Clinical Applications of Stem Cell Research. Catriona Jamieson. November 11, 2009 Program: Stem Cell Meeting on the Mesa 2009. ...
U.S. NIH: Stem Cell Information: Clinical Trials. *U.S. FDA: FDA Warns About Stem Cell Therapies ...
As the vast majority of drugs tested in small animal cancer models fail in human clinical trials, there is a need for large ... Utilization of large animal models also allows for testing of the same devices and tools used in human clinical practice in ... animal models to translate results obtained in small animal models to human clinical practice. In addition, the majority of ... futuristic perspectives with respect to the emerging requirements of large animal cancer models to address unmet clinical needs ...
... laboratories involved in vaccine and therapeutic clinical trials form an important part of clinical trial quality assurance. ... Impact of Funding Source on Clinical Trial Results Including Cardiovascular Outcome Trials.  Khan, MS; Krasuski, Richard ... committees in clinical trials sponsored by the pharmaceutical industry differ from those of trials sponsored by government. ... A model for harmonizing flow cytometry in clinical trials.  Amos, M; Aranda, R; Banchereau, J; Boshoff, C; Braun, J; Cho, J; ...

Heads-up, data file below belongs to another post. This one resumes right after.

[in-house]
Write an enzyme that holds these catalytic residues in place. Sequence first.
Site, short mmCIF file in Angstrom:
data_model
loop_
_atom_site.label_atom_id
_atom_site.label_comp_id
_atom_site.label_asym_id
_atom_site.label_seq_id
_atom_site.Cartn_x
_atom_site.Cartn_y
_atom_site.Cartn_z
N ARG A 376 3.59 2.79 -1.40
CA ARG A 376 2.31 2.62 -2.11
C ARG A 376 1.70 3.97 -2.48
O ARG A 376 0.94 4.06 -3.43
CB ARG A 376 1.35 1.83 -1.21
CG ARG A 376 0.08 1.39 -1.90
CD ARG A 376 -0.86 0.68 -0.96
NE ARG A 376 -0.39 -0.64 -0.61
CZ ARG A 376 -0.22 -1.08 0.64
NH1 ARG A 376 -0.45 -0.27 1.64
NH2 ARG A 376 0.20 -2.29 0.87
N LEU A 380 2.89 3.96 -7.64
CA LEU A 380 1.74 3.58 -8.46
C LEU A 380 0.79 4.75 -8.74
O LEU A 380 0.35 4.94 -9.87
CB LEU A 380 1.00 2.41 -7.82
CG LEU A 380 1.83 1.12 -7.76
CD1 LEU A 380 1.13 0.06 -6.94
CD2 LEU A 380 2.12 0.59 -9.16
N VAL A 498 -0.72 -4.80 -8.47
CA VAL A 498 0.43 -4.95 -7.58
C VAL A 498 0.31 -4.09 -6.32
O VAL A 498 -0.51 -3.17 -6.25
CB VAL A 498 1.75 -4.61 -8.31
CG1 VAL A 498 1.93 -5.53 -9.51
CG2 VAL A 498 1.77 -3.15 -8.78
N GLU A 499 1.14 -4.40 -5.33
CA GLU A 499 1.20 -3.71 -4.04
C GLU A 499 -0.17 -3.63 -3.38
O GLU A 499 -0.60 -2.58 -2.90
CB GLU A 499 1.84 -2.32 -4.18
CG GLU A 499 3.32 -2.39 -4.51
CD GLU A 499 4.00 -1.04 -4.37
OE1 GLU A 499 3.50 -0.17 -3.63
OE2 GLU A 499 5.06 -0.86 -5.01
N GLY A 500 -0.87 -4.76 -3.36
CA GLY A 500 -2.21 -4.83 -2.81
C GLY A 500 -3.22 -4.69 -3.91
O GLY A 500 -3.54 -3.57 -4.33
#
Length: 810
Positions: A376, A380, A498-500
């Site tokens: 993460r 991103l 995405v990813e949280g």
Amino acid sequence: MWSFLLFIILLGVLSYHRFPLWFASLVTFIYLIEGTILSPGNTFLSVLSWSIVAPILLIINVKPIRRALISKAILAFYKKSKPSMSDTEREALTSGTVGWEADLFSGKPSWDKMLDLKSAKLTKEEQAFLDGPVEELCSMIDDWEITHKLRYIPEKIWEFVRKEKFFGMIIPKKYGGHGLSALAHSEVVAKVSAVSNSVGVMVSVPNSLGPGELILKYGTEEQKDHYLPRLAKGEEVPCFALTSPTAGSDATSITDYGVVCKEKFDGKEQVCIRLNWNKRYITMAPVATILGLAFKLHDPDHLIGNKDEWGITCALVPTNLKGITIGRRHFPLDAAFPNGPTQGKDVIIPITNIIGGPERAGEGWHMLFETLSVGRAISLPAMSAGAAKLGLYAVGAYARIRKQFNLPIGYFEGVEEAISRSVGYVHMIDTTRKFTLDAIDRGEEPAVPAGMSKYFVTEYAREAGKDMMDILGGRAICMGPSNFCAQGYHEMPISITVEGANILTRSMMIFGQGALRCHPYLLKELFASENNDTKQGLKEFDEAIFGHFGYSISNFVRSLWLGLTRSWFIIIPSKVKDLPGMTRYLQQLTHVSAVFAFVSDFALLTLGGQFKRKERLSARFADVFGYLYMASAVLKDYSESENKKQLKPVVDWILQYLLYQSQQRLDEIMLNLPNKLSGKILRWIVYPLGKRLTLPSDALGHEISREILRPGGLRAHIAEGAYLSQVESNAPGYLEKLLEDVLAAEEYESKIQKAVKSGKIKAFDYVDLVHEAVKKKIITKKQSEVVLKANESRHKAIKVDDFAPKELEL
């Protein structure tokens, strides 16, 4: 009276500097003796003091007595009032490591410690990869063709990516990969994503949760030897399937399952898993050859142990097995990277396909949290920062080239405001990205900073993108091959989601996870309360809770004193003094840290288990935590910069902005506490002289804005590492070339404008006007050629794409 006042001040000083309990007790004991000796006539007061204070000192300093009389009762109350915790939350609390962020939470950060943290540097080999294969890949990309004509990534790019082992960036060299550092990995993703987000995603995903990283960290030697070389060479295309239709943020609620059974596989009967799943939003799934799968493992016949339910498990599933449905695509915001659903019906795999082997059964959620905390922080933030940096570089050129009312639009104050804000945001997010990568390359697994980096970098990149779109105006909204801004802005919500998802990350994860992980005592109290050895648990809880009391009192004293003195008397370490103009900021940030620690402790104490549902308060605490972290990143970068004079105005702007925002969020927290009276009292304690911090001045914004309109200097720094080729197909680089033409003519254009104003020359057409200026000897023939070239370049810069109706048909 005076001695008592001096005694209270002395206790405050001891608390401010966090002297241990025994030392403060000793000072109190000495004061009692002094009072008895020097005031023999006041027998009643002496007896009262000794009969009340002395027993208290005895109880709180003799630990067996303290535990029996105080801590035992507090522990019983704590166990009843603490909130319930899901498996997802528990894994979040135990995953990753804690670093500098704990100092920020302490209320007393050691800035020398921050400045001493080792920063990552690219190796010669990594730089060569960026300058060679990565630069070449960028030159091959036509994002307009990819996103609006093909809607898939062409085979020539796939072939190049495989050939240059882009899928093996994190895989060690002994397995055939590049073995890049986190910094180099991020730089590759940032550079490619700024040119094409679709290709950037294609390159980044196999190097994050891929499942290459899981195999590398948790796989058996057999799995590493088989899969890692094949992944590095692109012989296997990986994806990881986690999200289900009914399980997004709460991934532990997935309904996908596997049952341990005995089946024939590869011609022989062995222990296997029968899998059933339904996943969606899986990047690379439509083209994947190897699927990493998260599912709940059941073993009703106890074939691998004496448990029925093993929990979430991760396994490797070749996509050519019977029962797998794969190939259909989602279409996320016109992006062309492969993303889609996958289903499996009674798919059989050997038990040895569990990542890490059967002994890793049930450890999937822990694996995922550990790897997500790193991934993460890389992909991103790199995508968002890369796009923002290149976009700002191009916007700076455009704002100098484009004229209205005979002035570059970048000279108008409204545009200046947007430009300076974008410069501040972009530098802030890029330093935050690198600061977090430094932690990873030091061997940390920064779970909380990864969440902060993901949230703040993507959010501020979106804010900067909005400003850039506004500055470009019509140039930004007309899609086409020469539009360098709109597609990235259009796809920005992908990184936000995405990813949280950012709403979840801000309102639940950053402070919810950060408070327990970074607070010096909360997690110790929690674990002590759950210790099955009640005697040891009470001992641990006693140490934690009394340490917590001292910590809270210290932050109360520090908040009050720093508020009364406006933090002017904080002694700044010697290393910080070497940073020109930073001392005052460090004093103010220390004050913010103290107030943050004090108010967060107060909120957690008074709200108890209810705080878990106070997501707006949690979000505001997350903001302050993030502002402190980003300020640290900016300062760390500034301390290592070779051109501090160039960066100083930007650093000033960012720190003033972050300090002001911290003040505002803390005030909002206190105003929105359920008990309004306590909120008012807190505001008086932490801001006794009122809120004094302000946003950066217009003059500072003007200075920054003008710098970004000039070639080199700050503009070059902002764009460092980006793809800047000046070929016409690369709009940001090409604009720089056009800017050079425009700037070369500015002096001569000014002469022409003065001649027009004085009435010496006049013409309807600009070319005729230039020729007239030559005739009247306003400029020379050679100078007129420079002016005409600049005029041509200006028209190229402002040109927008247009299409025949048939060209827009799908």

Clinical Trials as Topic Colitis, Ulcerative - drug therapy Double-Blind Method Enema Female Humans Male Mesalamine Proctitis ... Clinical Trials as Topic Denmark Humans Netherlands PubMed ID. 22745975 View in PubMed ... Clinical Trials as Topic Crohn Disease - drug therapy Drug Evaluation Humans Metronidazole - therapeutic use Sulfasalazine - ... Clinical Trials as Topic Denmark Femoral Fractures - blood - epidemiology - etiology Great Britain Humans ...